Maximum Number of Electrical Wires Allowed in Conduit

Allowable Conduit Fill Capacities

Electrical raceway and EMT conduit

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Electrical conduit, whether it be rigid metal (EMT), rigid plastic (PVC), or flexible metal (FMC), is limited to a maximum number of electrical wires that can be run inside the conduit. This is called conduit fill capacity, and it is specified by the National Electrical Code and followed by most local codes (which are the law in any given area). The reason why fill capacities are limited is that electrical wires heat up slightly under the flow of current, and limiting the number of wires allowed in the conduit is a means of limiting heat build-up and ensuring heat inside the conduit can dissipate. Too many wires carrying too much current carries the danger of heat extreme enough to melt the vinyl insulation on the wires. 

The fill capacity is based not only on the conduit type and size but also on the type and size of the wire itself. The first step in finding the fill capacity is properly identifying the conduit material. 

EMT Conduit

Electrical metallic tubing (EMT), sometimes called "thin-wall," is the most common type of rigid metal conduit used in residential construction. Because it is metal, it can act as the ground connection when it is connected to metal electrical boxes and metal fittings. The tubing comes in 10-foot lengths, which can be joined together with couplings or elbows, conduit bodies, and other fittings.  

EMT couplings hold tubing pieces together and also bond the ground connection between the conduit sections. Couplings come in setscrew and compression types. Setscrew couplings have two screws, one for each piece of the conduit. Compression couplings have retainer rings and screw-on fitting ends that tighten down on the conduit for a tight connection. EMT tubing connects to metal electrical boxes with locknut connectors to make a tight connection that is also electrically conductive.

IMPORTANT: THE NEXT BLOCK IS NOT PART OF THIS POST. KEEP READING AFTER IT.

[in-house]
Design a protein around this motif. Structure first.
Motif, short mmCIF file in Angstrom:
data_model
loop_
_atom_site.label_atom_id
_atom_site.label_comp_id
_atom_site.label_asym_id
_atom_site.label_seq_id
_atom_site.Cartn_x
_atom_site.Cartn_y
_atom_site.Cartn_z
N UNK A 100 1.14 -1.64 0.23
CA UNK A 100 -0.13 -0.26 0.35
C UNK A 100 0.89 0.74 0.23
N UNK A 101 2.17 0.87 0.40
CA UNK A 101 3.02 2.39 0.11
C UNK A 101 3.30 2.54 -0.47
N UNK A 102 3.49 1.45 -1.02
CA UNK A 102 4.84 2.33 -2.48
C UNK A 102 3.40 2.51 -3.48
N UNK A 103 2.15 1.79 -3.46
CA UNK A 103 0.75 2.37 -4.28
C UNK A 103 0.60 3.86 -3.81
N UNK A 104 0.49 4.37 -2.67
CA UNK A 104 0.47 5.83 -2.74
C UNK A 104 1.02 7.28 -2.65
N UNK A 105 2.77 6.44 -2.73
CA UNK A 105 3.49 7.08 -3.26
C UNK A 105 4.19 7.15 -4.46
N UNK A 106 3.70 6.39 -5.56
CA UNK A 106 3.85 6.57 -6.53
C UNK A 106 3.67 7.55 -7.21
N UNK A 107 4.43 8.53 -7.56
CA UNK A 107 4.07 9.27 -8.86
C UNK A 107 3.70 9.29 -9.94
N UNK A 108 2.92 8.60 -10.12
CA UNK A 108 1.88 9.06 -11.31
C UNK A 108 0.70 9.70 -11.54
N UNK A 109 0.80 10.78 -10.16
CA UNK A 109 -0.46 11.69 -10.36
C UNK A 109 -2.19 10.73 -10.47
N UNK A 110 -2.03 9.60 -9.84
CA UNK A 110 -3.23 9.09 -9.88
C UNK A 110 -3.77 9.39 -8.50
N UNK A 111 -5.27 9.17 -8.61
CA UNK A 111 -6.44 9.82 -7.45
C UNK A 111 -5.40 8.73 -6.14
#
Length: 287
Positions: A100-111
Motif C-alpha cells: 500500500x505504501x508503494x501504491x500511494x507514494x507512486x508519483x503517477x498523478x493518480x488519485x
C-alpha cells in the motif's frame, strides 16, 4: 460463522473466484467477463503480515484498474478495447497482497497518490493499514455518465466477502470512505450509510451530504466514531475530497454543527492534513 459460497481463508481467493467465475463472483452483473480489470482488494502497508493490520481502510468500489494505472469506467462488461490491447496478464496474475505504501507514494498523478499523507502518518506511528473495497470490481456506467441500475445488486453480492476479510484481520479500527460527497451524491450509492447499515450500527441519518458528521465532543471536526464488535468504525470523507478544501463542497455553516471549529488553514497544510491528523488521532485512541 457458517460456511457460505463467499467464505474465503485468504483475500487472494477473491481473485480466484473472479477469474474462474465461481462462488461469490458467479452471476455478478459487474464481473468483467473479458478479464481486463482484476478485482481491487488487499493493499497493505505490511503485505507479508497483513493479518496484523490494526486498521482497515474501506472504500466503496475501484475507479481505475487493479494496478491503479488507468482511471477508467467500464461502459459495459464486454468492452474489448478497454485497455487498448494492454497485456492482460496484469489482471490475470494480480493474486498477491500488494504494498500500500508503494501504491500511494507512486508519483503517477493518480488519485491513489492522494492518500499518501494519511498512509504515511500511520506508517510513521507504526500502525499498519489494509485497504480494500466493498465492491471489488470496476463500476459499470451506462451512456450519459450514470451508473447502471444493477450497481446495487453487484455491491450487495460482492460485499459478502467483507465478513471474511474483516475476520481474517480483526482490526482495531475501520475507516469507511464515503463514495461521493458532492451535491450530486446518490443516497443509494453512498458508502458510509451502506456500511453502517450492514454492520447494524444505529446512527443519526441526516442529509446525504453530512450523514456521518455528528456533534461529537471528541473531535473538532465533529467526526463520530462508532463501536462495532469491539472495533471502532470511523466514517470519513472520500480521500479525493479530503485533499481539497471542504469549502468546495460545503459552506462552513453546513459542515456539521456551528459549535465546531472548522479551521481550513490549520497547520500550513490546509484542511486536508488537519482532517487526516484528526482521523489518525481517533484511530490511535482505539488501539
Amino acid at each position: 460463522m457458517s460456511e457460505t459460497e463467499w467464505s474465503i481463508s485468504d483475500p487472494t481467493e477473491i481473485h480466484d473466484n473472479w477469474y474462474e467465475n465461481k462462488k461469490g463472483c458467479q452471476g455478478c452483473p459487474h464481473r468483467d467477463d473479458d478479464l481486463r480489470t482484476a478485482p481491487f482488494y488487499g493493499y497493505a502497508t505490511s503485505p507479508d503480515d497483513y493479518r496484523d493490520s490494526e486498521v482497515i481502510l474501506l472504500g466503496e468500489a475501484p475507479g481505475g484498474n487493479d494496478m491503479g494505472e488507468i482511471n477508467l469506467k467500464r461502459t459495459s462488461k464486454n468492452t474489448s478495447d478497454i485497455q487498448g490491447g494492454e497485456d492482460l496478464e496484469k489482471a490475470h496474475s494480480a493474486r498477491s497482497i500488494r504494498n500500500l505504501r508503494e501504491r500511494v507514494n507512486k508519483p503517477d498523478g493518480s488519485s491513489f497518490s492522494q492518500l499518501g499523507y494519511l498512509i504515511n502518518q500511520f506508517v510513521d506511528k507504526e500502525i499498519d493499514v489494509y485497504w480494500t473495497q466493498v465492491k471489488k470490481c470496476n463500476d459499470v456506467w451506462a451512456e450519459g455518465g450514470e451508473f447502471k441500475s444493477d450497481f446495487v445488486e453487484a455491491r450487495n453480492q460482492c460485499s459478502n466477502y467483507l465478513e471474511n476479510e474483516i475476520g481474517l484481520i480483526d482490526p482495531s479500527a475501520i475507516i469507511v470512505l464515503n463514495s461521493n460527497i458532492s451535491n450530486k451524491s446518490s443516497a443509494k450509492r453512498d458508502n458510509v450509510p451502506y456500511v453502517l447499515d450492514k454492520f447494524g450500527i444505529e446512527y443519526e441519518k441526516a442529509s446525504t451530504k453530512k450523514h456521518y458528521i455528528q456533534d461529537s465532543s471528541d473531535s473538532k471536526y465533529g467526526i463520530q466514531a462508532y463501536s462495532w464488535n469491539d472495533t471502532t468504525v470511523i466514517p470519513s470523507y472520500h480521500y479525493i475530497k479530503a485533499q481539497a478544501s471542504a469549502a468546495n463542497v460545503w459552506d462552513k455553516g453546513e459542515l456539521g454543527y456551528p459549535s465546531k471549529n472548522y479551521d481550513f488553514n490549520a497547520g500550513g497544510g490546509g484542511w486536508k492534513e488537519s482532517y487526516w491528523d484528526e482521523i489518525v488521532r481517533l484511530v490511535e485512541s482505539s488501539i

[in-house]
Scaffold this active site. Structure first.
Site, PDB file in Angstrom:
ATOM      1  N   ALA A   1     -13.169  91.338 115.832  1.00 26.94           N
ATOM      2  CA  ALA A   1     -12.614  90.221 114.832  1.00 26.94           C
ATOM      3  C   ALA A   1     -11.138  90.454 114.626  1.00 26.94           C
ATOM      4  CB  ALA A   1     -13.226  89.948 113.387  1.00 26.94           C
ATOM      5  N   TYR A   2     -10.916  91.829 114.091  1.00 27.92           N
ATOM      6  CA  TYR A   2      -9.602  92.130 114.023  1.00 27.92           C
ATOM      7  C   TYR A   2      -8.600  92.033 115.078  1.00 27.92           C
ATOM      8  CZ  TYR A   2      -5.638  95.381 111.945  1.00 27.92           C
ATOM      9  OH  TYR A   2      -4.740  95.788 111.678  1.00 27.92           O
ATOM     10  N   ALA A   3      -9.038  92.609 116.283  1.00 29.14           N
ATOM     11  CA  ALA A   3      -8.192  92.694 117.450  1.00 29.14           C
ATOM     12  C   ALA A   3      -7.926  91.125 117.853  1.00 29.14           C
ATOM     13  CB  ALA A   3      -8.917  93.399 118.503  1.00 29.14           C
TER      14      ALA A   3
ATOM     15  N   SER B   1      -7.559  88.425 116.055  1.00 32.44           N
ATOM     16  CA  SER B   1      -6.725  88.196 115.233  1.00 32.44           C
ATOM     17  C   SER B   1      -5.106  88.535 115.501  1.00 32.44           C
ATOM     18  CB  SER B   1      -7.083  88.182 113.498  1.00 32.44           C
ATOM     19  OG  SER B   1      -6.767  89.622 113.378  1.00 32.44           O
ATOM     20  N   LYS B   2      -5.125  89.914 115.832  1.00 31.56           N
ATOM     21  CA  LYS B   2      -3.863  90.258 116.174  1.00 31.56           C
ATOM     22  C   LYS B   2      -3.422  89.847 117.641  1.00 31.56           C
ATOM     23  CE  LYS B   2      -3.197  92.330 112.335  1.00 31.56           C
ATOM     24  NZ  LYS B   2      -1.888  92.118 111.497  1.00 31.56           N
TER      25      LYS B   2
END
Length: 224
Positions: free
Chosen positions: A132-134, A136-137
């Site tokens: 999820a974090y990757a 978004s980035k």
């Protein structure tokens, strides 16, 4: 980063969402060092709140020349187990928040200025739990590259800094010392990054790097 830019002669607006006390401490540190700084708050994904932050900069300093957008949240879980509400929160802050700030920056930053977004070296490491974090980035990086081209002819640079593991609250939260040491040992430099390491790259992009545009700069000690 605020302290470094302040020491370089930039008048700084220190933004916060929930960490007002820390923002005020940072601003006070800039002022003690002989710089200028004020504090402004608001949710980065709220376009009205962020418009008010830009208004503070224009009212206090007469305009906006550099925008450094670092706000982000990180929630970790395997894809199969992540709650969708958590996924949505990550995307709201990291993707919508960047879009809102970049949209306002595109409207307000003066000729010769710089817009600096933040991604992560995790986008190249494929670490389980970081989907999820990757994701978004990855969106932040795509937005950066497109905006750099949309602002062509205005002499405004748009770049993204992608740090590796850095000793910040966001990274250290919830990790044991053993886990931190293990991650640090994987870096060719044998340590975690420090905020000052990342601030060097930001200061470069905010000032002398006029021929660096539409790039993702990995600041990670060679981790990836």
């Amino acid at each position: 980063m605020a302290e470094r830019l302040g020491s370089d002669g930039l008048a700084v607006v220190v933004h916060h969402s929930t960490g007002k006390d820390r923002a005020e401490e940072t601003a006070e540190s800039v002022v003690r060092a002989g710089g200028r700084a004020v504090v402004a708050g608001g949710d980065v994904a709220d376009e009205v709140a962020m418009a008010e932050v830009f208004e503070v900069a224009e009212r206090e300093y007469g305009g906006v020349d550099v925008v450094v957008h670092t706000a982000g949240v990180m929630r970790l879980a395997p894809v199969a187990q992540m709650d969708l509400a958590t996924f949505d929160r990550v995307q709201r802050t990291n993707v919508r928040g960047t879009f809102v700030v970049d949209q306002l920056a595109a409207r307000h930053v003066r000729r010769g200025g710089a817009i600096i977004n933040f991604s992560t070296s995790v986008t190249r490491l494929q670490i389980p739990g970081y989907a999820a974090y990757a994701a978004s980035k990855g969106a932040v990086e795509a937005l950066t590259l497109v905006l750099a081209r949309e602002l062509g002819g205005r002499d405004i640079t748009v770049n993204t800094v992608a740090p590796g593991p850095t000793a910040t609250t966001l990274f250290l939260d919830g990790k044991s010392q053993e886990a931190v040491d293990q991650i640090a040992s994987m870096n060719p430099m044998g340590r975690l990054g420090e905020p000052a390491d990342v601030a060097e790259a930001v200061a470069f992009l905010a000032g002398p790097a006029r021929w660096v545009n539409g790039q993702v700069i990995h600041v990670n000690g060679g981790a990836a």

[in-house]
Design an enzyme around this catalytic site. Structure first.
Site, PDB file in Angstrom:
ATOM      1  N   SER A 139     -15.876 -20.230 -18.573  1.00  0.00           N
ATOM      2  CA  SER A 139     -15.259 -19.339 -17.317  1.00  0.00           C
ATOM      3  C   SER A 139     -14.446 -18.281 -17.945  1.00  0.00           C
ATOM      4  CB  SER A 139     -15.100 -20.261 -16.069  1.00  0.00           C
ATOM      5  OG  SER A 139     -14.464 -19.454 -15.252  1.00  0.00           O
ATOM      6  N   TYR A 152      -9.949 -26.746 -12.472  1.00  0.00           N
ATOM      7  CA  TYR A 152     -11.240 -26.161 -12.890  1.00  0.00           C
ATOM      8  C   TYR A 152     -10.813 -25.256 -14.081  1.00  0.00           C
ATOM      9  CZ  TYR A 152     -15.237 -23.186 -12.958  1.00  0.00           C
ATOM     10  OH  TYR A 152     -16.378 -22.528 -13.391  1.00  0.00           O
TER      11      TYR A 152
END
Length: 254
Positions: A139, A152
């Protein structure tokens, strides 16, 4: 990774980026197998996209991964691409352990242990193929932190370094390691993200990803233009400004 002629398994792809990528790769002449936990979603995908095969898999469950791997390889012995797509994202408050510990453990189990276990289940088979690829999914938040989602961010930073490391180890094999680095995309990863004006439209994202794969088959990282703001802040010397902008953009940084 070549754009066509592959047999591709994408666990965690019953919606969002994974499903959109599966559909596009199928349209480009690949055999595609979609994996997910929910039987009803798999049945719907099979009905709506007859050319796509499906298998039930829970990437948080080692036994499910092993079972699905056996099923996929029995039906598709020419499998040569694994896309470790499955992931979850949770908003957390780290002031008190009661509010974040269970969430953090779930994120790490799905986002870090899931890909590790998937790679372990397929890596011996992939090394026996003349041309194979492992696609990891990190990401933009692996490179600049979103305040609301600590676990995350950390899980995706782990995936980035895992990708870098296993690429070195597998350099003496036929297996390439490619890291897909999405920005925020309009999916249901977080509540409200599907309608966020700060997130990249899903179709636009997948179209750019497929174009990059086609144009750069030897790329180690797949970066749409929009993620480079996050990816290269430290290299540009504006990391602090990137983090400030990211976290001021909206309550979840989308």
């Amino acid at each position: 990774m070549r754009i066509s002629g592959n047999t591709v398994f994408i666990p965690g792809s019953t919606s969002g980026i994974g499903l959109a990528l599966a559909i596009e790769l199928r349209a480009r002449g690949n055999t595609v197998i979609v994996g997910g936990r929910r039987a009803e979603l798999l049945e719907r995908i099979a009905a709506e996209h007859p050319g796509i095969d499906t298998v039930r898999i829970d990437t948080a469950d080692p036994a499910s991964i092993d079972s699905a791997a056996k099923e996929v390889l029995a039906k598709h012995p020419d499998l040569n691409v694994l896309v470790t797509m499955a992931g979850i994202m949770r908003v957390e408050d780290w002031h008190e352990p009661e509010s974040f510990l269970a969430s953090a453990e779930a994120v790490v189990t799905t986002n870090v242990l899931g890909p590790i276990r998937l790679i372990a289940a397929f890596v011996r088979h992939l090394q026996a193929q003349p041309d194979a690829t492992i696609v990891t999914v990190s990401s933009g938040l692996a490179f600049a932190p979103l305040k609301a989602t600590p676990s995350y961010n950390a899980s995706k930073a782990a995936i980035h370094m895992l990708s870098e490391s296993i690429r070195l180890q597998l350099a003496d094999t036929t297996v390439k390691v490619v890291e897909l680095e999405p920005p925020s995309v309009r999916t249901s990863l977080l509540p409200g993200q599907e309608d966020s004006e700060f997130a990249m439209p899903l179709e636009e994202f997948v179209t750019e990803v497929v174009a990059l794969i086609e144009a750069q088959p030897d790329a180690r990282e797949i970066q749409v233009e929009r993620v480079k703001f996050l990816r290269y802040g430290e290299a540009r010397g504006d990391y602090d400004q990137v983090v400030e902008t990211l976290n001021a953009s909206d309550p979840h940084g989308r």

PVC Conduit

Rigid polyvinyl chloride (PVC) is a plastic conduit that is often used for underground installations and in wet areas. This conduit comes in 10-foot lengths and has a built-in coupling formed on one end, called the female side. PVC conduit pieces typically are joined permanently with PVC solvent glue, similar to PVC plumbing pipe connections. Since PVC is thicker than metal conduit, it can hold fewer wires. PVC also is nonconductive, so it cannot serve a grounding conductor.

PVC conduit comes in two common grades, based on the thickness of the conduit wall. Schedule 40 PVC is a thinner-walled conduit that is used for most simple underground installations, such as running a feed through the yard to an outlet on a shed. Schedule 80 is a thicker-walled conduit that is used in high-traffic areas, parking lots, and driveways. Because of its greater wall thickness, Schedule 80 conduit has a smaller interior diameter and therefore can hold fewer wires that Schedule 40 conduit of the same nominal size. 

FMC Conduit

Flexible metal conduit (FMC), also called Greenfield, is made of twisted metal and is flexible enough to be bent around corners and other obstacles. This conduit is used for devices that may need to be moved around easily, such as drop-in fluorescent lighting. It is also used for short wiring runs that will be exposed, such as connections between wall-mounted boxes or switches and garbage disposer units or hot water heaters. FMC comes in rolls and can be cut to any length needed to complete the job. 

Allowable Conduit Fill Capacities

The allowable number of wires that can be placed inside a conduit varies according to the type and size of the conduit and also on the size of the conducting wires. Wire size is defined by the American Wire Gauge, or AWG, number. The smaller the AWG number, the larger the wire diameter. For THHN insulated wire, the most common type of wire used in the conduit for household circuits, the fill capacities are: 

Size and Type of Conduit 14 AWG Wire 12 AWG Wire 10 AWG Wire
1/2" EMT 12 9 5
3/4" EMT 22 16 10
1" EMT 35 26 16
1 1/2" EMT 84 61 38
1/2" PVC—Sch 40 11 8 5
3/4" PVC—Sch 40 21 15 9
1" PVC—Sch 40 34 25 15
1 1/2" PVC—Sch 40 82 59


1/2" PVC—Sch 80 9 6 4
3/4" PVC—Sch 80 17 12 7
1" PVC—Sch 80 28 20 13
1 1/2" PVC—Sch 80 70 51 32
1/2" FMC 13 9 6
3/4" FMC 22 16 10
1" FMC 33 24 15